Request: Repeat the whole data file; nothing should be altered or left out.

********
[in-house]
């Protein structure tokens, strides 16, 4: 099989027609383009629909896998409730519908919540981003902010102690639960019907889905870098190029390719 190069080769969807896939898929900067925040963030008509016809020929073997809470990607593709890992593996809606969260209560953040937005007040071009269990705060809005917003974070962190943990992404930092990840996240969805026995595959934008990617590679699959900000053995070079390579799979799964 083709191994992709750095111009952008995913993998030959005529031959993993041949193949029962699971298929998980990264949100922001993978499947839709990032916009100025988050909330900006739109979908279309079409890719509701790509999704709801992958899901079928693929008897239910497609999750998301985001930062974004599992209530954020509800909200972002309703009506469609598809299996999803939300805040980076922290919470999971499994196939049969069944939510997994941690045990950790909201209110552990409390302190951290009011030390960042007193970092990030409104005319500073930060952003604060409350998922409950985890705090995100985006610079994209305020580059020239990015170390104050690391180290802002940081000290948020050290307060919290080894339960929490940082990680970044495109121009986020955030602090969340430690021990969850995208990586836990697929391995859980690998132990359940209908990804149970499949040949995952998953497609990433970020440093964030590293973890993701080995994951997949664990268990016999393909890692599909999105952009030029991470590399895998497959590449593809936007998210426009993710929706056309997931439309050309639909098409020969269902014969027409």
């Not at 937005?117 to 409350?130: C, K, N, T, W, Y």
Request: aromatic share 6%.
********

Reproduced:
[in-house]
């Protein structure tokens, strides 16, 4: 099989027609383009629909896998409730519908919540981003902010102690639960019907889905870098190029390719 190069080769969807896939898929900067925040963030008509016809020929073997809470990607593709890992593996809606969260209560953040937005007040071009269990705060809005917003974070962190943990992404930092990840996240969805026995595959934008990617590679699959900000053995070079390579799979799964 083709191994992709750095111009952008995913993998030959005529031959993993041949193949029962699971298929998980990264949100922001993978499947839709990032916009100025988050909330900006739109979908279309079409890719509701790509999704709801992958899901079928693929008897239910497609999750998301985001930062974004599992209530954020509800909200972002309703009506469609598809299996999803939300805040980076922290919470999971499994196939049969069944939510997994941690045990950790909201209110552990409390302190951290009011030390960042007193970092990030409104005319500073930060952003604060409350998922409950985890705090995100985006610079994209305020580059020239990015170390104050690391180290802002940081000290948020050290307060919290080894339960929490940082990680970044495109121009986020955030602090969340430690021990969850995208990586836990697929391995859980690998132990359940209908990804149970499949040949995952998953497609990433970020440093964030590293973890993701080995994951997949664990268990016999393909890692599909999105952009030029991470590399895998497959590449593809936007998210426009993710929706056309997931439309050309639909098409020969269902014969027409």
């Not at 937005?117 to 409350?130: C, K, N, T, W, Y």
Request: aromatic share 6%.